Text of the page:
لینکهای قابل دسترسی

چهارشنبه ۲۶ مهر ۱۳۹۶ ایران ۲۰:۵۵

Iran's supported cleric calls for killing of Jews who buy land - 2003-07-01


BAGHDAD, June 27 (Reuters) - A senior Iraqi Shiite cleric has issued a decree, or fatwa, ordering the killing of any Jew who buys real estate in Iraq, an aide has said.

The Iran-based cleric, Ayatollah Kazem Al Husseini Al Haieri, also said in his fatwa that selling real estate to Jews was forbidden for Muslims.

A cleric at Haieri's representative office in the holy city of Najaf said several Iraqis had sought Haieri's religious decree after Jews from abroad approached them over the past six weeks.

"Any Jew who tries, from now on, to buy a lot of land or a house in Iraq should be killed," the decree said. "Selling any lot of land or a house in Iraq to Jews is forbidden."

Haieri's secretary, Sheikh Abu Ali Al Azaie, confirmed during a telephone call from the Iranian city of Qom on Thursday night that Haieri had issued the decree. "The decree is authentic," Azaie said.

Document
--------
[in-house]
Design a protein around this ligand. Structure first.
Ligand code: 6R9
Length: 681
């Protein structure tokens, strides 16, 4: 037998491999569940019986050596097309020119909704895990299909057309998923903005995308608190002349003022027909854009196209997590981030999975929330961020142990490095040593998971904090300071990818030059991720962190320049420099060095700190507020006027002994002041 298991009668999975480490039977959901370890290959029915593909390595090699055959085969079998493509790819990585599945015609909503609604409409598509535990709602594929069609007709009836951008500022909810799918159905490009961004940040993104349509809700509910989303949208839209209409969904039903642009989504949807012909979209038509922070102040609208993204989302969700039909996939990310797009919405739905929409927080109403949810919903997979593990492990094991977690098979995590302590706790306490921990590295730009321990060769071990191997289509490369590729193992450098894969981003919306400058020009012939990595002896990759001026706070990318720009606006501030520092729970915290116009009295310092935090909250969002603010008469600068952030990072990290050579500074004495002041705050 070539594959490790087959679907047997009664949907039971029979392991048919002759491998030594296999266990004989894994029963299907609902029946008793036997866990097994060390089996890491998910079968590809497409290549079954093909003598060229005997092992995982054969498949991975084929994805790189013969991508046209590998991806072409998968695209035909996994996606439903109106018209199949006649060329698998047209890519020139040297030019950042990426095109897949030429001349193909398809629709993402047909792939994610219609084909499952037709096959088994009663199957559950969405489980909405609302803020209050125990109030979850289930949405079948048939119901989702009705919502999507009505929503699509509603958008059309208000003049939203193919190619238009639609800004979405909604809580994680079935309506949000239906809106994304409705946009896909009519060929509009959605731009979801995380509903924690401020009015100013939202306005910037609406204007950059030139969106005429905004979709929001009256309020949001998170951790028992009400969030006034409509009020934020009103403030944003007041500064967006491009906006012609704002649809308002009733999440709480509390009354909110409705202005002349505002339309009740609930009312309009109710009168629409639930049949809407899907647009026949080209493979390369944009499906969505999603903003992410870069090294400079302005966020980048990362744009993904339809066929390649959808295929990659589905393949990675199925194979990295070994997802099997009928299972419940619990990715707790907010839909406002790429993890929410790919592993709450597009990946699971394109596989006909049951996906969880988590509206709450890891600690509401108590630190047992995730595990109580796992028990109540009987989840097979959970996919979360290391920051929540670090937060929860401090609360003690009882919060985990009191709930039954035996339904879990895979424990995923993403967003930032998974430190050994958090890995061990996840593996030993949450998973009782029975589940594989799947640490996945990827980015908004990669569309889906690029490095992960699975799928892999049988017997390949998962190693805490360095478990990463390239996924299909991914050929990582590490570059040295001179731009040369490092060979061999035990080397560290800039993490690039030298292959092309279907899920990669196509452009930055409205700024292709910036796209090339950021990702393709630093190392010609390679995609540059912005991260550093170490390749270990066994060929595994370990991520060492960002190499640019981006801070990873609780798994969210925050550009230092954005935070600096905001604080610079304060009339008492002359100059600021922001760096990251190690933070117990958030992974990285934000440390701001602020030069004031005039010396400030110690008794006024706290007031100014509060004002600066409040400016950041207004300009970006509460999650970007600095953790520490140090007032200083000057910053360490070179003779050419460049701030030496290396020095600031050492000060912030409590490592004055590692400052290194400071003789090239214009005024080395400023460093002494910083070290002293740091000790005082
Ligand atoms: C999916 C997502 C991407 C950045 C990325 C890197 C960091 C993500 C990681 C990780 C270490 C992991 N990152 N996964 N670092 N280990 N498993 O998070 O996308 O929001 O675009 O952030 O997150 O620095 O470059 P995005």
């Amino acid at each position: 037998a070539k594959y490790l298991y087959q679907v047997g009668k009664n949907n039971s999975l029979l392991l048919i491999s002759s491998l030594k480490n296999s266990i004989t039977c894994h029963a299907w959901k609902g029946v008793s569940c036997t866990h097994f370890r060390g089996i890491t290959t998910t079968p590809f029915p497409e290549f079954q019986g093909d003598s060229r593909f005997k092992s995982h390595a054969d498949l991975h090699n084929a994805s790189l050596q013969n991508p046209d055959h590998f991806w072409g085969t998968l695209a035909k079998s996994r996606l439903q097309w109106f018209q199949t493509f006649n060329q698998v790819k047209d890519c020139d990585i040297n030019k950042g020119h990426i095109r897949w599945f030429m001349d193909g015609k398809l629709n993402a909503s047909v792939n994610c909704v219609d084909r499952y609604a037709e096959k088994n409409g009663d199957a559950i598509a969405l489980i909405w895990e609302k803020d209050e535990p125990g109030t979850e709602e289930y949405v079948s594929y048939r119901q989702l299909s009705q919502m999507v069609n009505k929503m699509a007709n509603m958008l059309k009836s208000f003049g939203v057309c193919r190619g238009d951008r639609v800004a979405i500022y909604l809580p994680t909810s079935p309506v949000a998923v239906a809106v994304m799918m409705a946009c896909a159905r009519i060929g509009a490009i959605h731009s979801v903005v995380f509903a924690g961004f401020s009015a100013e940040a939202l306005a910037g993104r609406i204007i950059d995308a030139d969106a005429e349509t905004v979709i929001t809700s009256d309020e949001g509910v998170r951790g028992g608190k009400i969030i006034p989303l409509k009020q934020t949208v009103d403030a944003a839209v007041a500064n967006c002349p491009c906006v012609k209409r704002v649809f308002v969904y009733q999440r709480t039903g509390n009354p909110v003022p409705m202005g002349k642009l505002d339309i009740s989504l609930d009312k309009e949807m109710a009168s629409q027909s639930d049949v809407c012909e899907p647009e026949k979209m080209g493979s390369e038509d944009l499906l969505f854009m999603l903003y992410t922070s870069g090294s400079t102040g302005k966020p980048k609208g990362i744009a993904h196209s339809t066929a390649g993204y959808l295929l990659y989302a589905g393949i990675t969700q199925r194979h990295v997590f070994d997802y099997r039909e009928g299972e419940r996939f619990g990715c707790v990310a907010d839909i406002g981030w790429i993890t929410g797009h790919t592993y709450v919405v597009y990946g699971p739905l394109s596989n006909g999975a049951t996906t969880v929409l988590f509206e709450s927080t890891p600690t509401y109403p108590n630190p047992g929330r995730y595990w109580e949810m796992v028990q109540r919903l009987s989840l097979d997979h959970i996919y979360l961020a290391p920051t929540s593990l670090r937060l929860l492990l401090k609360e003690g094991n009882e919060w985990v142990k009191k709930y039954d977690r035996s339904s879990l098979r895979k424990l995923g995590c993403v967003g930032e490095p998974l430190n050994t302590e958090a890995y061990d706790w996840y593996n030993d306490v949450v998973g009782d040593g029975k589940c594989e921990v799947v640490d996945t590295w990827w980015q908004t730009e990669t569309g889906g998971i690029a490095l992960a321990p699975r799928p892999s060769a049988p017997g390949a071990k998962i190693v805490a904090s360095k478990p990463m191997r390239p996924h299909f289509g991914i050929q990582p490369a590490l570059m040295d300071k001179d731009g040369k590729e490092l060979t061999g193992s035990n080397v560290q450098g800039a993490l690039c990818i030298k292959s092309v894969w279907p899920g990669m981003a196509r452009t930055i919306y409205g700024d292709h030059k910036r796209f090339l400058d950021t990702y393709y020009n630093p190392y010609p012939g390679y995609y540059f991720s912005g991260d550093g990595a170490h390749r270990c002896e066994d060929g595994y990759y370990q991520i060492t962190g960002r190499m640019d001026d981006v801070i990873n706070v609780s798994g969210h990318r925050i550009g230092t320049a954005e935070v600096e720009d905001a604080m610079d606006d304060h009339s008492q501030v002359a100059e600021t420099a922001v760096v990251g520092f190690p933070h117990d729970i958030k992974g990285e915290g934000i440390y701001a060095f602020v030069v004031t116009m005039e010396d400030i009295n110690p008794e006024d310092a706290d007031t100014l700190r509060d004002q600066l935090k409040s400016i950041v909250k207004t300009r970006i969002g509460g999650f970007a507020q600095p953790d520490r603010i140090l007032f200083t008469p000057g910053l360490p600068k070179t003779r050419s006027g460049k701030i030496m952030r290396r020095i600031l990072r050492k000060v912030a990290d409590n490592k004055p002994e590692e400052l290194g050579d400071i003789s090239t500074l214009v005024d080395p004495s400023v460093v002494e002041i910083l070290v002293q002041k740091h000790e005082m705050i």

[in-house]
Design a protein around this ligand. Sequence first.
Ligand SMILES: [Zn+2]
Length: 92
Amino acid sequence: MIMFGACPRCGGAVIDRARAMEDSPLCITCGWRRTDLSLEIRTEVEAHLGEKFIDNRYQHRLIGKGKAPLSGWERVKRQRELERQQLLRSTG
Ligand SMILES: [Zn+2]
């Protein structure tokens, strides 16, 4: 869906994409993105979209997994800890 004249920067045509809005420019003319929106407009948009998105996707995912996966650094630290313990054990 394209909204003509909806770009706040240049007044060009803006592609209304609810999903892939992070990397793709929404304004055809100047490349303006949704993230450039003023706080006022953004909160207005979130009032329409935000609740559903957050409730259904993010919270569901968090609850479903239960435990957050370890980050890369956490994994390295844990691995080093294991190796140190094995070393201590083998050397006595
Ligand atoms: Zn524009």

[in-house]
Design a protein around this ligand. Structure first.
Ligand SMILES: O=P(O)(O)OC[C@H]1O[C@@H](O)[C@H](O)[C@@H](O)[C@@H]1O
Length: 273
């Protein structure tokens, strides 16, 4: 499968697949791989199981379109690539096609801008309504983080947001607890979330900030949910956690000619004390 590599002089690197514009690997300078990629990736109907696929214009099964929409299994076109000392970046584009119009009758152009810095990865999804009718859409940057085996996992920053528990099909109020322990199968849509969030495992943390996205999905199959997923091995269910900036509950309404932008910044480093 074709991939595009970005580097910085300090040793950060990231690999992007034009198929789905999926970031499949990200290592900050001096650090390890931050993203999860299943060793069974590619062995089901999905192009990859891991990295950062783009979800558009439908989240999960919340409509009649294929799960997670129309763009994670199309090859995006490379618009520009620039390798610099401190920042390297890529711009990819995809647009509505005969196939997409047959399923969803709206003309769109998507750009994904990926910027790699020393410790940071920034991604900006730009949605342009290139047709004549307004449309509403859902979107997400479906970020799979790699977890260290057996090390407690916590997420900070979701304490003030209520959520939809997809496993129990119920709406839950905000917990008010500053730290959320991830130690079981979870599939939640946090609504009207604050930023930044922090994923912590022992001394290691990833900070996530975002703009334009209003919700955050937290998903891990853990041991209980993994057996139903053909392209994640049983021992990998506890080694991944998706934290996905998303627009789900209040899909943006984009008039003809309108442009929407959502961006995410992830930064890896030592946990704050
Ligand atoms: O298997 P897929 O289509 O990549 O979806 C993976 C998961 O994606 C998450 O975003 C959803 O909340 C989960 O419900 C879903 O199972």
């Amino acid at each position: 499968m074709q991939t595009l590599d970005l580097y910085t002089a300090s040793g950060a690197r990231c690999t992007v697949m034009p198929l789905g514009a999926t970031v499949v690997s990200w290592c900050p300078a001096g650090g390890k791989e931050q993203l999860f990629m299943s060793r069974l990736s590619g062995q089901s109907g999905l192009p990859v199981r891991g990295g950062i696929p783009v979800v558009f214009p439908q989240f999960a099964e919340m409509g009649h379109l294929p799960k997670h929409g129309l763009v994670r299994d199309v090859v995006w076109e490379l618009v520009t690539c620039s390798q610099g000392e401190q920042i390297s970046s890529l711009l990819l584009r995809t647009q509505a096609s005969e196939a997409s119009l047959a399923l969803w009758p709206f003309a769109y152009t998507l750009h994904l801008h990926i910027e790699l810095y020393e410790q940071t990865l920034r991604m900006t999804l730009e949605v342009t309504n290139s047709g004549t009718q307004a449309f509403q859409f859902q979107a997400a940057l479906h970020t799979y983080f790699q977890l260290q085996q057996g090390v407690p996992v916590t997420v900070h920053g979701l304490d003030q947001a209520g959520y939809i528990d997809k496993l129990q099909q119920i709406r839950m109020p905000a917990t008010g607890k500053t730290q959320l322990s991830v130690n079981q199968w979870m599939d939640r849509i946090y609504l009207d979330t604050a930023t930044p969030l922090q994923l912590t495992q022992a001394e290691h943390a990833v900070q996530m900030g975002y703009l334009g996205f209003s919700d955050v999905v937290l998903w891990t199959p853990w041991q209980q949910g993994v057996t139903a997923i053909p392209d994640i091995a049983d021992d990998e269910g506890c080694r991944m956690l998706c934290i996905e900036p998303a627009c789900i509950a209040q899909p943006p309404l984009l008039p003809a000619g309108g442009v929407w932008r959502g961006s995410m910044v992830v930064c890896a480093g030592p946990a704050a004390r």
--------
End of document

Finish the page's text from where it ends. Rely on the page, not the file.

Iraqi scholars say Haieri, known for his hardline positions, commands respect and influence in the Shiite community but it was difficult to gauge the size of his following. He is said to be planning to return to Iraq from his self-imposed exile in Iran.

Followers say they will take him as the highest religious leader, a post occupied now by Ayatollah Ali Al Sistani who is regarded as a moderate.

Mustafa Al Yakoubi, the cleric in Najaf, said most of the offers to buy property were made in the Kefl area between Najaf and Kerbala, another holy city about 100 km south of Baghdad.

"The owners were offered very high prices for their property," he said. "When they checked with the real estate agents they found out that the would-be buyers were foreign Jews."

Iraq's Jewish community traces its roots to the deportation of thousands of Jews from Jerusalem some 2,500 years ago, after the city was captured by Babylonian King Nebuchadnezzar.

For almost 1,000 years, Babylon was the cultural, religious and scholarly centre of the Jewish world. More than 129,000 Iraqi Jews immigrated to Israel after the Jewish state's establishment in 1948.

Jews in Baghdad, estimated to number about 70, keep a low profile. Two Jews in Baghdad said they had felt safe under toppled leader Saddam and their property had not been confiscated.

"We had a quiet life under Saddam," said a 90-year-old Jew who declined to give his name. "We have kept our property during his rule."

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